China and Japan: the United States to prevent China from buying Dutch chip machine

Some of the tech industry’s most important machines are made next to cornfields in the Netherlands. The Wall Street Journal reports that the U.S. government is working to make sure they don’t end up in China.

According to the report, Beijing has been pressuring the Dutch government to allow Chinese companies to buy an extreme ultraviolet lithography system made by Asmac Holding (ASML) that is critical to making advanced microprocessors.

Companies such as Intel, Samsung Electronics and TSMC (TSM) use the unique, 180-ton mega-machine for everything from cutting-edge smartphones and 5G cellular devices to computers used for artificial intelligence.

The Wall Street Journal reports that China wants to provide the $150 million machine to local chipmakers like Huawei, thereby reducing its reliance on foreign suppliers. But Asmac never shipped the machine, the report said, because the Netherlands was withholding export licenses to China under U.S. pressure.

The Wall Street Journal quoted U.S. officials as saying the Biden administration had asked the government to restrict sales of the machine for national security reasons. They first determined the machine’s strategic value and contacted Dutch officials.

Peter Wennink, chief executive of Asmac, has said the export restrictions could backfire.

“Export controls are an effective tool when it comes to targeted, specific national security issues,” Wennink said in a statement. However, he said the widespread use of export controls in the short to medium term “could reduce global chip manufacturing capacity and exacerbate supply chain problems.”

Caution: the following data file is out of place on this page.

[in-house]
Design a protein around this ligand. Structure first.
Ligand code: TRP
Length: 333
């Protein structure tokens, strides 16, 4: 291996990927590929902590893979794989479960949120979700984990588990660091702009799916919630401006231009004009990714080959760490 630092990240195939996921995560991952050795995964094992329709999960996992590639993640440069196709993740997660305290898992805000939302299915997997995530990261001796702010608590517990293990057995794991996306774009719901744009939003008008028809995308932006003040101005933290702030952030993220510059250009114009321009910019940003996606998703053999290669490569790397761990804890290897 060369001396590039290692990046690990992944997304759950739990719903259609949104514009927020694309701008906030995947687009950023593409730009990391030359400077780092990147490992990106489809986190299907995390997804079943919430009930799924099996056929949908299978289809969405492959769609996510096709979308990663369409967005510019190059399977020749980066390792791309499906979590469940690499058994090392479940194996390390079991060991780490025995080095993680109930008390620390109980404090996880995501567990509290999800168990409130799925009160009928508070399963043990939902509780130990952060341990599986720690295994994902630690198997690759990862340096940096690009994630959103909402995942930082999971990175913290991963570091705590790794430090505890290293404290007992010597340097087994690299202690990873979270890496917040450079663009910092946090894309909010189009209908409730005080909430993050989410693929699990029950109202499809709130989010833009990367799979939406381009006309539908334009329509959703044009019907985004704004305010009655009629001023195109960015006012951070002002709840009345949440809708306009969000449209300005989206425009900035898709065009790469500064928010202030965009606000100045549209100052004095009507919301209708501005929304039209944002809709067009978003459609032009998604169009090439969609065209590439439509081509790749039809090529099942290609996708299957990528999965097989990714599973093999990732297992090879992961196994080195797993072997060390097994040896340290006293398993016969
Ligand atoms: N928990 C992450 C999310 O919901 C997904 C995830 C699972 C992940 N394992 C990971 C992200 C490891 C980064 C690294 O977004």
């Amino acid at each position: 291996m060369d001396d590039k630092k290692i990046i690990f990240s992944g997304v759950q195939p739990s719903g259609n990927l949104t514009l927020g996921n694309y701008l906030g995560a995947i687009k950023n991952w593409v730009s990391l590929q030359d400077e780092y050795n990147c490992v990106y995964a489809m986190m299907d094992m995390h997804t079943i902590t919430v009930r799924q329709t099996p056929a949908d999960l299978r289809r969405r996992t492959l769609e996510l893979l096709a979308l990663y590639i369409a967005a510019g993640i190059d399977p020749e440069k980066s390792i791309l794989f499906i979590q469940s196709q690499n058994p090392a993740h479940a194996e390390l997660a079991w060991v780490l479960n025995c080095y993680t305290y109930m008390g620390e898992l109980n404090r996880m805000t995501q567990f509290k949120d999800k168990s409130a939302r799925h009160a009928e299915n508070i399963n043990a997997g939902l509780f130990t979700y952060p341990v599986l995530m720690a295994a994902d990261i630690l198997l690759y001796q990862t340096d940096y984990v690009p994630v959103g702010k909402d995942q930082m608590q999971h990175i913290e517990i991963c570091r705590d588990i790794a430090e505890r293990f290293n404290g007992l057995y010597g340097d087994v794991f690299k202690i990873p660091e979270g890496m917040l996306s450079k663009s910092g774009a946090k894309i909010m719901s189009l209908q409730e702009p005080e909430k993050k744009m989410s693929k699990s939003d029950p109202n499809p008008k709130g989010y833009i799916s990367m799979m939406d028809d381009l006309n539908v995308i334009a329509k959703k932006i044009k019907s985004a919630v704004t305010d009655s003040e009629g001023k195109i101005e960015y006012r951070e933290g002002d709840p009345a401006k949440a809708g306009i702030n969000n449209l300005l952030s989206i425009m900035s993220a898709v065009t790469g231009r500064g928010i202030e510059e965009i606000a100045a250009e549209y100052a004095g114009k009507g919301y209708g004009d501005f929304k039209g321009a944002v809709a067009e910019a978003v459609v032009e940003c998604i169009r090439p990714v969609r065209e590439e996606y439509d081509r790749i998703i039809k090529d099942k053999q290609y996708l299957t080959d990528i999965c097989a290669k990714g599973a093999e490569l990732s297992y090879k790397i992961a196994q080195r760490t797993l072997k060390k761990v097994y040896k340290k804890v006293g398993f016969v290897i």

The Wall Street Journal reported that the U.S. lobbying has strained Sino-Dutch relations. The report cited Chinese officials as frequently asking Dutch officials why they would not grant Asmac a license to ship machines to China, according to people familiar with the matter.

The report also mentions that less than a month after Biden’s inauguration, White House national security adviser Jack Sullivan spoke with his Dutch counterpart about what the White House called “close cooperation” between the two countries on advanced technology. U.S. officials have said that continuing to limit Asmac’s business with China is Sullivan’s top priority.

The report said the U.S. pressure began in the Trump administration. Charles Kupperman, then deputy national security adviser, said in 2019 when he invited Dutch diplomats to visit the White House that “good allies don’t sell this kind of equipment to China.” Kupperman said Asmac’s machines would not work without the U.S. components, which the White House has the authority to restrict from exporting to the Netherlands.

But the report said people familiar with the matter said it is not a primary issue for President Biden at this time. The sources said the U.S. is trying to unite a coalition of Western countries in a joint effort on export controls. The move could also have an impact on Asmac, further disrupting the already strained semiconductor supply chain worldwide.

The report said Asmac has unique lithography technology, which is the key to chip manufacturing. The more transistors on a piece of silicon, the more powerful the chip will be. One of the best ways to pack more transistors into silicon is to draw thinner lines. That’s what Asmac specializes in: its photolithography machine can print the world’s thinnest lines: it uses lasers and mirrors to draw lines 5 nanometers wide and, within a few years, is expected to shrink to less than a nanometer wide. By comparison, a strand of human hair is 75,000 nanometers wide.

Without Asmac’s state-of-the-art machine, Chinese chipmakers won’t be able to make leading-edge chips until domestic tools catch up, the Wall Street Journal quoted analysts as saying. It is estimated that it will take at least 10 years for China to match Asmac’s technology.